Britain Reacts As Donald Trump Becomes US President
With the outcome of the vote not just affecting citizens of the United States but citizens in all countries across the world, many Britons, both in a personal and professional capacity, stayed up through the night to watch the results come in as polls began to shut across the pond. Though practically all outlets had predicted a comfortable victory for Democratic nominee Hillary Clinton, as early red started to dominate the map, it became clear that one of the biggest shocks in American election history was taking place before our very eyes. When important swing states like Florida and Ohio were called in favour of Mr Trump, Clinton's path back to the White House became thinner and thinner, and by 6am British time, the majority of news stations and organisations felt comfortable enough to call the 2016 presidential election in favour of Republican nominee and outsider Donald Trump. Trump managed to triumph over the adversity and potential danger of several scandals and accusations in the lead up to Election Day, which makes his victory an even more surprising one.
Internet community exploded with hilarious memes and jokes:
Major newspapers also didn't remain silent. Here are few of the key reactions that Britain has had to this historic news.
Political Leaders React
According to The Telegraph, Prime Minister Theresa May was one of the first international leaders to contact Trump expressing her congratulations to the President elect. She states that she hopes to build an even stronger partnership between the UK and the USA, although there have already been rumours of an MI5 agent entering the backdoor of 10 Downing Street. Jeremy Corbyn, leader of the Labour party, has stated that Trump's victory signal a total rejection of establishment on the part of the American people, and former UKIP leader Nigel Farage has expressed his delight at the outcome, claiming the result to be even bigger than the shock Brexit vote months ago.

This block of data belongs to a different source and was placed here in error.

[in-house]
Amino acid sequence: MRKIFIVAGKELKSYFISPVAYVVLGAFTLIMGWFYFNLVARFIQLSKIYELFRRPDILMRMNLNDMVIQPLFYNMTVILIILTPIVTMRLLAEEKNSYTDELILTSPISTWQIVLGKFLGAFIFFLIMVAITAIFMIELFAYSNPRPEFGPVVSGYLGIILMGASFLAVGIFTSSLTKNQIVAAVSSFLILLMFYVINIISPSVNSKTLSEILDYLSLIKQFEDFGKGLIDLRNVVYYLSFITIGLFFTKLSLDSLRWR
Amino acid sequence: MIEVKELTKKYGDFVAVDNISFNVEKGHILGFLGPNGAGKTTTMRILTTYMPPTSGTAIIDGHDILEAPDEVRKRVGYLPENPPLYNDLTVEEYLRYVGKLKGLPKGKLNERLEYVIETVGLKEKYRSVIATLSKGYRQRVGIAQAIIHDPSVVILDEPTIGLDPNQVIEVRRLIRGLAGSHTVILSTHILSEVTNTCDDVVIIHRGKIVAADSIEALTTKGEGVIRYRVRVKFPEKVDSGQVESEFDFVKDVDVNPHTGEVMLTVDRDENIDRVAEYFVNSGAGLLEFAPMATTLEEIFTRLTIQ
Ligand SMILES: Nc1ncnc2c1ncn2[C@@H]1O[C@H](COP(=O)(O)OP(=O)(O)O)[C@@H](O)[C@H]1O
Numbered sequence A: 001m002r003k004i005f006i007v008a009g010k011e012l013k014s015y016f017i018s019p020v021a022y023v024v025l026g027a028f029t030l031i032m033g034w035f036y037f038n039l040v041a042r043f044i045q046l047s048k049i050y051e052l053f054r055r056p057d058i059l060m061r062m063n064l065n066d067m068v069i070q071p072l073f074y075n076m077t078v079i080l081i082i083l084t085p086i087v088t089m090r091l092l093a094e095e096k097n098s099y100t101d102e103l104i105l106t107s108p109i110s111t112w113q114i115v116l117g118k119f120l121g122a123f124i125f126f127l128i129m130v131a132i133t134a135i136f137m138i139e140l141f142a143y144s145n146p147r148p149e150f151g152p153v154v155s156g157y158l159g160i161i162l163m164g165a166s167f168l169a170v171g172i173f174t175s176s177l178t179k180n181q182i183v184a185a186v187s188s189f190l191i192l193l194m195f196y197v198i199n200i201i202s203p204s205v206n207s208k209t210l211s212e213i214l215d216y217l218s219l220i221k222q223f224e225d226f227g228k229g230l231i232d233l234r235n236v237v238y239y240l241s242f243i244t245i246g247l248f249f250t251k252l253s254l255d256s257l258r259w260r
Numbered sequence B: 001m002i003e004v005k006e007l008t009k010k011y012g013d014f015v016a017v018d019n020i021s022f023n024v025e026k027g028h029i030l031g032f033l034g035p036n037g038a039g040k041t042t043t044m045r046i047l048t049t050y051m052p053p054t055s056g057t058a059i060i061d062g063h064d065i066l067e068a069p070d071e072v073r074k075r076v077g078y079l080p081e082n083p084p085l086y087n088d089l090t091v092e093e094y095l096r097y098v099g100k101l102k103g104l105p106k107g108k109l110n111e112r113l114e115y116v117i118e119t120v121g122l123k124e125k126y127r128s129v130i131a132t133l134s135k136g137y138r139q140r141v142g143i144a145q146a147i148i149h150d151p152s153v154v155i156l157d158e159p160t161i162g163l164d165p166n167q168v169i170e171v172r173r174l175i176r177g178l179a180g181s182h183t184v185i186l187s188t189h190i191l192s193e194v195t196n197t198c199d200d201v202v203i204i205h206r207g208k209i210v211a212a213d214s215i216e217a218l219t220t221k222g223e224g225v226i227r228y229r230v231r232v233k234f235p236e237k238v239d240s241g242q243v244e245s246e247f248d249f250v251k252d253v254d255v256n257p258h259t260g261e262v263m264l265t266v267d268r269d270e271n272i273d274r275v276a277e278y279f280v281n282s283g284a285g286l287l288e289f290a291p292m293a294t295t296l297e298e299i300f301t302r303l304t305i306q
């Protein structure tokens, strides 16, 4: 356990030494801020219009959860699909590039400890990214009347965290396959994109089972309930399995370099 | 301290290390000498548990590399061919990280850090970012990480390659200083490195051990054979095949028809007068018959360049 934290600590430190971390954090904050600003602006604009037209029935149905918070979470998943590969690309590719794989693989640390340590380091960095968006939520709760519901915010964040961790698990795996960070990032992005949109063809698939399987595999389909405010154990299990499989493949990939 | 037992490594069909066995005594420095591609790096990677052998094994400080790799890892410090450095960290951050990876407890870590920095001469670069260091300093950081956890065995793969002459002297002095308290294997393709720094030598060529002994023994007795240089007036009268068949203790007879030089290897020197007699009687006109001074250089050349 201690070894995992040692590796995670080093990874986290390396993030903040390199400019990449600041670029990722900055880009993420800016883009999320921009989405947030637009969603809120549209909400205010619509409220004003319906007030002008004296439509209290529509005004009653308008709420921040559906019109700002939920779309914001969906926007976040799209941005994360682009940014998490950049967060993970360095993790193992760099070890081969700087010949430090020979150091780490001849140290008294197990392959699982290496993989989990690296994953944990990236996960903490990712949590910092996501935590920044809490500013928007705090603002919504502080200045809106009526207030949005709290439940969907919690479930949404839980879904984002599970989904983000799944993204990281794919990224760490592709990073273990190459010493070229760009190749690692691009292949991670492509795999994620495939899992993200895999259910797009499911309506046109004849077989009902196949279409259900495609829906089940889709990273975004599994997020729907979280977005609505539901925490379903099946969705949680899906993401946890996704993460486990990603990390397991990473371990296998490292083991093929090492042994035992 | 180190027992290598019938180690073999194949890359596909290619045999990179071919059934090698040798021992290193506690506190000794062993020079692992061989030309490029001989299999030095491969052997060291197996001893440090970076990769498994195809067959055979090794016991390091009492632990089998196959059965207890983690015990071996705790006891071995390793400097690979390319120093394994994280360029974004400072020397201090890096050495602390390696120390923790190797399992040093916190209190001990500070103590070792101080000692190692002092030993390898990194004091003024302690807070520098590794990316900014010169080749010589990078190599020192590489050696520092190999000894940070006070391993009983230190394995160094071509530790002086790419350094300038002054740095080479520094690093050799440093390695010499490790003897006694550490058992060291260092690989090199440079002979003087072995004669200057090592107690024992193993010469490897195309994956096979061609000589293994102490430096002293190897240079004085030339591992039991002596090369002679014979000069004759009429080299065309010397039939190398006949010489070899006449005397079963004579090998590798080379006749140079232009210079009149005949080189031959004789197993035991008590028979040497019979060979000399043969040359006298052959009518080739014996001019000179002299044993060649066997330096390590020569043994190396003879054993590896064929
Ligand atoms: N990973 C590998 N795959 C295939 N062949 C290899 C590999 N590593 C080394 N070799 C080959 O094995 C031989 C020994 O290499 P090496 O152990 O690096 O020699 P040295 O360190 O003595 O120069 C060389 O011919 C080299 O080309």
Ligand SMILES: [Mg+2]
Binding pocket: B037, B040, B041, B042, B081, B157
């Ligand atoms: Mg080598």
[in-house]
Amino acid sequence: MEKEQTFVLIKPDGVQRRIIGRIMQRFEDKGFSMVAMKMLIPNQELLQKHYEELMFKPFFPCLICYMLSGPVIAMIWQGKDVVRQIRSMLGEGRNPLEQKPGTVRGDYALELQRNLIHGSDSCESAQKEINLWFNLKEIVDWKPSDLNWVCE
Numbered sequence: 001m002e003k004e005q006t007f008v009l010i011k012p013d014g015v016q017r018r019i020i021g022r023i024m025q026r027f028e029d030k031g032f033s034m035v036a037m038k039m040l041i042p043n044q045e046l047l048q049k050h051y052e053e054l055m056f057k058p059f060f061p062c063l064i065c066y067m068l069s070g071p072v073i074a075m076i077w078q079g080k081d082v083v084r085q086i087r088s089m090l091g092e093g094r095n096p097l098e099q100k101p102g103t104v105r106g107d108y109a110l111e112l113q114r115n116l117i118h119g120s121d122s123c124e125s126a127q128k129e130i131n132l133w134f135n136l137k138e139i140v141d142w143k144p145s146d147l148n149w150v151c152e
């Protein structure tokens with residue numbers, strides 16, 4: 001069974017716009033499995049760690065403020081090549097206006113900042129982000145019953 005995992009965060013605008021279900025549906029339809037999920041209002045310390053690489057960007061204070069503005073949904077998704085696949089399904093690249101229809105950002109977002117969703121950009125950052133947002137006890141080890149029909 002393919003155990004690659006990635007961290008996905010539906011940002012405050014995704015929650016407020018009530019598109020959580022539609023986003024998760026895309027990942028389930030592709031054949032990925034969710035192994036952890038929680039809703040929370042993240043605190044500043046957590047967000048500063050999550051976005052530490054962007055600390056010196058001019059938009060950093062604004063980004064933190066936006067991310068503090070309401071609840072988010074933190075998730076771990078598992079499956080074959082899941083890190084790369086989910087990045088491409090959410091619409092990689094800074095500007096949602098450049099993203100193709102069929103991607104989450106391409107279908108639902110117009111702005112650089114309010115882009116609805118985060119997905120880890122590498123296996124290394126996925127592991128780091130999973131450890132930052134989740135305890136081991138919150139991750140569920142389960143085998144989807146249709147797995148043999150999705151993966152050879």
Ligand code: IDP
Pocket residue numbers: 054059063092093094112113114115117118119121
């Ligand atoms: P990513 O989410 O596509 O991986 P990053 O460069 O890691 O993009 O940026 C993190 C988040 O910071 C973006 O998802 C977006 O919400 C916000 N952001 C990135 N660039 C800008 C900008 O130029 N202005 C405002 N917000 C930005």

The British Public React
The majority of the British public, however, seem to have had a much less diplomatic reaction to the waking news of Trumps incoming Presidency. Simple searches on Twitter and Facebook paint a picture of a population of Brits who are very concerned with the fact that Trump has never held any position in political office or in the military, an unprecedented fact for a US president. They express doubts and worries over his volatile temperament in the face of international tensions, and the meanness with which he conducted himself during the campaign process appears to be too much for some to forget. Though Trump preached togetherness and unity in his acceptance speech, the fact remains that he has offended most minorities in the past 18 months, and Mike Pence, his vice president, is famous for his ultra conservative views including a belief in gay conversion therapy and extreme anti abortion and LGBTQ+ stances.
The Anniversary Of The Berlin Wall
One interesting thread that has been picked up on by many Brits on social media is the fact that Trump's victory coincides with the 27th anniversary of the fall of the Berlin Wall, and with one of his main campaign promises to build a wall between the US and Mexico, many people can't help but feel a certain sense of irony as well as the fact that the world seems to be taking a huge step backwards in terms of international relations between neighbouring countries.
Whether positive or negative, the election of Donald Trump has evoked some of the most passionate political responses from Brits since the Brexit decision.
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